Thursday, December 1, 2016

Is Your Home TOO SMART?

Let me start by saying, I am a advocate of smart home technology. I think there are a lot of cool and useful things that you can do by making your home "smarter". However, I personally believe that there are inherent risks in making your home "too smart".  That may bring images of Arnold's Terminator conspiracy movies to mind. If we make them too smart, maybe they will end up taking over the world (or the house)? Well, no, I don't think that is a big threat, but I do think the accumulation of data about individuals, individual patterns, individual routines and our schedules may be a risk to users of smart home technology if your home gets hacked. So, can you have a smart home and leave yourself less vulnerable to data hacking? Yes, I think it is possible.

Here are the big over-riding questions that we should consider when choosing smart home technology:
"How connected do I need to be to make my home smart, but not too smart?"
And: "Am I adding this feature of smart technology because it is really helpful to my life or because it is just really cool and let's me save 1 min a day by putting this task on my WIFI network?"

When I was a boy, the TV had four channels and my brother and I were the remote controls. "Go change the channel to CBS." Today, my TV has hundreds of channels (plus internet access) and I can watch is from anywhere, anytime, any day. The problem is, this does not necessarily make me more productive. In fact, if I don't manage the tool, it can make me VERY unproductive and this convenience can be very time consuming. Same is true of my internet habits. Tools of productivity. Or Bottomless pits of time consumption. So, how does this relate to smart homes? Let's look at smart devices individually.

Smart thermostats. I like having the ability to remotely program, check, monitor and correct the settings of my thermostat--especially when we are traveling and our Texas weather goes from 70 degrees one day to 30 degrees the next day. Very helpful. What I don't like about smart thermostats are the ones that try to learn when I am home, when I am coming home, when I am on vacation, etc. If this information is hacked from the cloud or from my cookies, this turns my schedule into an invitation for thieves to come visit.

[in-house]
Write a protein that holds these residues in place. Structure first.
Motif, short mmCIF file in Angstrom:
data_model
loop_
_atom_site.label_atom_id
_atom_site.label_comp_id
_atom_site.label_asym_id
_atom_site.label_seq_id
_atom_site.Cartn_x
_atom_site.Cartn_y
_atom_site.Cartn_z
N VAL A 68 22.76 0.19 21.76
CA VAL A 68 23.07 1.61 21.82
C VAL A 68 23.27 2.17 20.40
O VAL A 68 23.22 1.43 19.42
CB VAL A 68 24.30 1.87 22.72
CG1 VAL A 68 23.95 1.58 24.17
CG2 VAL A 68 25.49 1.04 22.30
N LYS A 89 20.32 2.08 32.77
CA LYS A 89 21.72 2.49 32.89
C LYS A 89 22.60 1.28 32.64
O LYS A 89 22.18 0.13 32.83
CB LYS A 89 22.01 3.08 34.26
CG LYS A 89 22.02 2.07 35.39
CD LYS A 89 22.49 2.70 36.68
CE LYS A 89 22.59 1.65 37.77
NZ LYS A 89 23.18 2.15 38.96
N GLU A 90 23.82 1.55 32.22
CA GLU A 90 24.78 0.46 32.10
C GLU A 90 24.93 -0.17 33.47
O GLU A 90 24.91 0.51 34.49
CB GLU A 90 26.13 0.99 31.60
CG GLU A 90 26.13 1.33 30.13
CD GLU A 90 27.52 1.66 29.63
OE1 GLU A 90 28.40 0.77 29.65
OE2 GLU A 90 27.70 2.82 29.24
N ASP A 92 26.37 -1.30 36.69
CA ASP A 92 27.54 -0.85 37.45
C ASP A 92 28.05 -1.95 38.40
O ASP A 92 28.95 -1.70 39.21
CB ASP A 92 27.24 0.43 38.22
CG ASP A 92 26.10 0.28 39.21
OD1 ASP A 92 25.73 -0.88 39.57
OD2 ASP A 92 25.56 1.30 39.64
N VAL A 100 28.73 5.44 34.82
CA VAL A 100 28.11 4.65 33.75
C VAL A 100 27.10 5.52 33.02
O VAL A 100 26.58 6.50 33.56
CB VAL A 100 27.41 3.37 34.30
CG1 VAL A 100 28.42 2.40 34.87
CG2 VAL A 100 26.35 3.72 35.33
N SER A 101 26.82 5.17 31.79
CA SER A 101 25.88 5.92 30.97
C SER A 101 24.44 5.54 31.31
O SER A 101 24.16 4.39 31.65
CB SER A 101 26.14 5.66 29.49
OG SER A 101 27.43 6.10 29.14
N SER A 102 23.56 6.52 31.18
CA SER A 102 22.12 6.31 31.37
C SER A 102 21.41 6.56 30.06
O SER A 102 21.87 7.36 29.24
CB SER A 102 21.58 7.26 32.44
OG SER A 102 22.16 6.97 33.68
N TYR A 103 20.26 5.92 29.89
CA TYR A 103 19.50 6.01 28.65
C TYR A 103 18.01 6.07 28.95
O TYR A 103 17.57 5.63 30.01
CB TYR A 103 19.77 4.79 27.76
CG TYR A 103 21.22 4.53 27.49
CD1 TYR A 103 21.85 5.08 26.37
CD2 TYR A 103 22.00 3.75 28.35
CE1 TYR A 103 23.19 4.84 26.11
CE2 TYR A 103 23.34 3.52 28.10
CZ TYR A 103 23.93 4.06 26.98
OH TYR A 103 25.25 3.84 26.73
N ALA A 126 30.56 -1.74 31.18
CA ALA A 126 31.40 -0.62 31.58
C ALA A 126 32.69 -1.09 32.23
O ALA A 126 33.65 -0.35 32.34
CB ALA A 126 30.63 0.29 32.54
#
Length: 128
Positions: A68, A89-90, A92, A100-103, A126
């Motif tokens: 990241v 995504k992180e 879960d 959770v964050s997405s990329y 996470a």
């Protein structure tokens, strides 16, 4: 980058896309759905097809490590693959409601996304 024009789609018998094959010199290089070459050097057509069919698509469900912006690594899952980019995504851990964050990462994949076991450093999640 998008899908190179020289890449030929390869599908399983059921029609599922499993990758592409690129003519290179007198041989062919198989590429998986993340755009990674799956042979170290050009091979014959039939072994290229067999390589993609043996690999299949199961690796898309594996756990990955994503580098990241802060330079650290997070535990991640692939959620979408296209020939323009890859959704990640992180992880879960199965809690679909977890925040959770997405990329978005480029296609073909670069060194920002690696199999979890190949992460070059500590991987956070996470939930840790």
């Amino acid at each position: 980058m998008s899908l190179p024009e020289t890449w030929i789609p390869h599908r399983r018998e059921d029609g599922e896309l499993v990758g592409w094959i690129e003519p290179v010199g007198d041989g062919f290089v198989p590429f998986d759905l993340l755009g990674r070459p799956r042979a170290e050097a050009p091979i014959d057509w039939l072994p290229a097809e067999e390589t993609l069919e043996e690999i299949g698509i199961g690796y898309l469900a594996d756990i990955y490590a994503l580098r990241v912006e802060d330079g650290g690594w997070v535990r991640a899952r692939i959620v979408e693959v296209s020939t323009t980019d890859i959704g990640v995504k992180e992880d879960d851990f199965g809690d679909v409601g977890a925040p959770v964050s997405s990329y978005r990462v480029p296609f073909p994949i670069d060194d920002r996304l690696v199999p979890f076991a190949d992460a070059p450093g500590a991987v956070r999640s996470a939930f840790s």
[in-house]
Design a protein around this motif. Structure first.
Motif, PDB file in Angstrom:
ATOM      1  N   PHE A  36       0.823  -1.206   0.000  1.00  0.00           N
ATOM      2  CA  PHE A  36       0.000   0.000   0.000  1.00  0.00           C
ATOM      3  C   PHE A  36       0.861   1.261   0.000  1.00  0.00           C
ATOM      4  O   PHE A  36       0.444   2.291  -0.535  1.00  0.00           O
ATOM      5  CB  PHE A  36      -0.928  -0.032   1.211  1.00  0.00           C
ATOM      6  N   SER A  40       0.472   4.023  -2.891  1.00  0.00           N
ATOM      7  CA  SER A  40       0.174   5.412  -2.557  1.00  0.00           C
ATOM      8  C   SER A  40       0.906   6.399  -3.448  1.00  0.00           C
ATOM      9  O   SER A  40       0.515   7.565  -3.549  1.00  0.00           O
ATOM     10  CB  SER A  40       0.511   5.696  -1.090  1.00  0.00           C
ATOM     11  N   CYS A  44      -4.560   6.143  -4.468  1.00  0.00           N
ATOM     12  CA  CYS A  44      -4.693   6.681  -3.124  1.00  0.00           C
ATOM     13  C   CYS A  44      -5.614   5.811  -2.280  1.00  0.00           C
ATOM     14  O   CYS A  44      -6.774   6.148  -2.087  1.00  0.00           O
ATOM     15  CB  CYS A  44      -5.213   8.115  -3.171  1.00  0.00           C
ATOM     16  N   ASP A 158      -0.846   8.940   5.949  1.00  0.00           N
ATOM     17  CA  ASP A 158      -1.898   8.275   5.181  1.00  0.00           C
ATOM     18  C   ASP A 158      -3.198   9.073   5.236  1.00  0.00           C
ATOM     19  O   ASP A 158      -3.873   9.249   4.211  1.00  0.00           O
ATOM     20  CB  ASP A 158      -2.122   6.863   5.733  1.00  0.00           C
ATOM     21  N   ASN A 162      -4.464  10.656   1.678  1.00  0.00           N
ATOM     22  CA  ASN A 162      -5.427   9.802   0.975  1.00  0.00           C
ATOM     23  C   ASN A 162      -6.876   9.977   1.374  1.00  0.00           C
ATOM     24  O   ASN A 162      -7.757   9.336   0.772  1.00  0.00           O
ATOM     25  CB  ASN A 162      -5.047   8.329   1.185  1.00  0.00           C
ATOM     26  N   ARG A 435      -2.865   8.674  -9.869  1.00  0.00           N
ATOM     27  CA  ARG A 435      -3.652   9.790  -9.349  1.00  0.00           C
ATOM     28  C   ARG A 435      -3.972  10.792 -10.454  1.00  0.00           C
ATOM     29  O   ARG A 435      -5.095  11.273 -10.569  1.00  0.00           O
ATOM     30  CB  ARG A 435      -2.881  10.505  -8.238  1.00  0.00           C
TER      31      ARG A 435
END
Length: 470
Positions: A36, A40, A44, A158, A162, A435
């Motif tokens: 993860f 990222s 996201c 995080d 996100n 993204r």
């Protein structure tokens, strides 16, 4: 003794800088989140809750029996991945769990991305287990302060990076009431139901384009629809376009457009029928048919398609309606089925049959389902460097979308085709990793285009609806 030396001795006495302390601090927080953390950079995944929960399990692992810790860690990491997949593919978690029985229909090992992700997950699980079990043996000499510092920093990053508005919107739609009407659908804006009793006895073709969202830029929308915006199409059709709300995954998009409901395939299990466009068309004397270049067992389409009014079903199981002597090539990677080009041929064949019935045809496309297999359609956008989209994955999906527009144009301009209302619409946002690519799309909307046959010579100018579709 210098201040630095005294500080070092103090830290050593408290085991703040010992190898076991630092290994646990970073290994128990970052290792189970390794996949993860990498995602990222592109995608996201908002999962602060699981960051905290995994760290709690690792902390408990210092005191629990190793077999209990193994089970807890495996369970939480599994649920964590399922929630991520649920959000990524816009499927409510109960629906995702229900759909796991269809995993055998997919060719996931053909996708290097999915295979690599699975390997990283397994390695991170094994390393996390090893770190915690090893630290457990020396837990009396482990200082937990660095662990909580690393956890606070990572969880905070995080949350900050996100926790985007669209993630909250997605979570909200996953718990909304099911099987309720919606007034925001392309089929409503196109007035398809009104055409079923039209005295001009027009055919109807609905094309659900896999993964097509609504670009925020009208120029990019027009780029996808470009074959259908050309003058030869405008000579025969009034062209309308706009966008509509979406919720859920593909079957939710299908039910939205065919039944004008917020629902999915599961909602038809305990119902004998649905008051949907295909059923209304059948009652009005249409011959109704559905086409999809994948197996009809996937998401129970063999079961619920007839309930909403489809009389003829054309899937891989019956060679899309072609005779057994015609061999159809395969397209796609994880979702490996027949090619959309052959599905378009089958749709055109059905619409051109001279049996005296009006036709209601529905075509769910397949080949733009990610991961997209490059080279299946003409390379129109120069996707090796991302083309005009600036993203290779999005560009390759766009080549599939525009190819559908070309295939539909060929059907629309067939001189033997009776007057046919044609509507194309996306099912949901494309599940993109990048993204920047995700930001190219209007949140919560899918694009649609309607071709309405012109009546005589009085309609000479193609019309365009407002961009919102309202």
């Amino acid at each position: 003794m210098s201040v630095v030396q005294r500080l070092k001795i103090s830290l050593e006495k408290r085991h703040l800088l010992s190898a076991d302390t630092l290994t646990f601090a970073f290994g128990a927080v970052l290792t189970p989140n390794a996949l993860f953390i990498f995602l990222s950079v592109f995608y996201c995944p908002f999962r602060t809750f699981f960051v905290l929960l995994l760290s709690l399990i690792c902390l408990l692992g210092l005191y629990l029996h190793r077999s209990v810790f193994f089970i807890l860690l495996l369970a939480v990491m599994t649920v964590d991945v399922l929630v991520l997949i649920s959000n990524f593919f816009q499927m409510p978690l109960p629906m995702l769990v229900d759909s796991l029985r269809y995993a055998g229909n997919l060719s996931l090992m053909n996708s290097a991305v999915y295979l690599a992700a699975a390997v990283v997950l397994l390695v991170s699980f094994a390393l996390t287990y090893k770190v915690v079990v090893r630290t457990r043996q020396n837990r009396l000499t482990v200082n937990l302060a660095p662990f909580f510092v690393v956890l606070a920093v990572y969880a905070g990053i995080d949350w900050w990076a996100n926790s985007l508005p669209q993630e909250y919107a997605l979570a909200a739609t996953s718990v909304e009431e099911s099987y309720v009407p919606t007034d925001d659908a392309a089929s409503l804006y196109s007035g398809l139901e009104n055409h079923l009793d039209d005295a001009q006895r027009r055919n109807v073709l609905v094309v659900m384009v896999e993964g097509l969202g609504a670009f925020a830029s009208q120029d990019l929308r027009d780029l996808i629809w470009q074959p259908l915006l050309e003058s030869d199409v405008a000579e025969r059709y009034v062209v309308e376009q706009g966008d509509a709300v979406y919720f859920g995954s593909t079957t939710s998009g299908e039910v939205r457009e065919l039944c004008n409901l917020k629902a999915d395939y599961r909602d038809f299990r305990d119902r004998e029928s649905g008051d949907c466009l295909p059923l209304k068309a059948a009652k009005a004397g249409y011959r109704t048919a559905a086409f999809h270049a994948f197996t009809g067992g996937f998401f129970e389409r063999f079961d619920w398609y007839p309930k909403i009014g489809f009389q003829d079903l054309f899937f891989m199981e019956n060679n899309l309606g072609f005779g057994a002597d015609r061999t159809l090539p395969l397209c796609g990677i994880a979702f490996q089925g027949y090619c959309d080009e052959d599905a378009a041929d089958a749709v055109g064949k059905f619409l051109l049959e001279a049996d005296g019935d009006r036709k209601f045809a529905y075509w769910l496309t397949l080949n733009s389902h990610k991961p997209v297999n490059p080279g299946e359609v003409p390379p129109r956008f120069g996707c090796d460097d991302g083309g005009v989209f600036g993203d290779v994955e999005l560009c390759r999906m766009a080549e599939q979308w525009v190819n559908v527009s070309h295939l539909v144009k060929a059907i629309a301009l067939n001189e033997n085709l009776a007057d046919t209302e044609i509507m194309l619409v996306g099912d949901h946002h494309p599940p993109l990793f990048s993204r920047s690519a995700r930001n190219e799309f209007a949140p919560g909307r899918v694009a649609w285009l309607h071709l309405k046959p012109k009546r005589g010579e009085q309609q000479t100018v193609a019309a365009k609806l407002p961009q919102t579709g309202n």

Lights. I like smart lights. Lights that can be programed to come on and go off on private schedules, but can also be turned on and off remotely. Side benefit: I have holiday projectors in my attic that run at night and when I want to turn them off, I can do it from my phone without having to get into the attic. That is convenient and can apply to any number of remote switches that can be controlled from your phone regardless of where you are at that moment in time.

Vacuum cleaners. I wish I did not own an older version of iRobot, because the new versions have remote access and control. What a cool thing to be able to turn on your vacuum cleaner any time of day from work, from shopping, from the car. It works for you, whether you remember it when you leave or you schedule it to happen during the day while you are out.

Now, here comes one of the coolest things since Siri--whole house smart devices. Ala, George Jetson or Star Trek. Just talk and things happen. How cool is that?! Well, cool has a price and the price is that this device is learning about you. Everything about you that it can learn. George Orwell could not have possibly imagined that we would pay to have our bio's written so completely, from when we are home, to what we like, what we don't like, what we want to buy, and most importantly--everything we say is getting sucked into these devices and recorded. Again, I am not trying to create a conspiracy, but do you really want your entire like to be recorded and put into databases where you can be sliced and diced and mainframes can begin to profile everything that it thinks it knows about you? Do you really want more advertising brought to your home 7 x 24 for everything that you say and do? And when this information is hacked, what does this tell others about you? Does this put you in a place of risk when your personal information is opened up to the world? I don't know the answers, but I suspect we are going to start seeing some negative side effects of these kinds of devices during the coming months and years.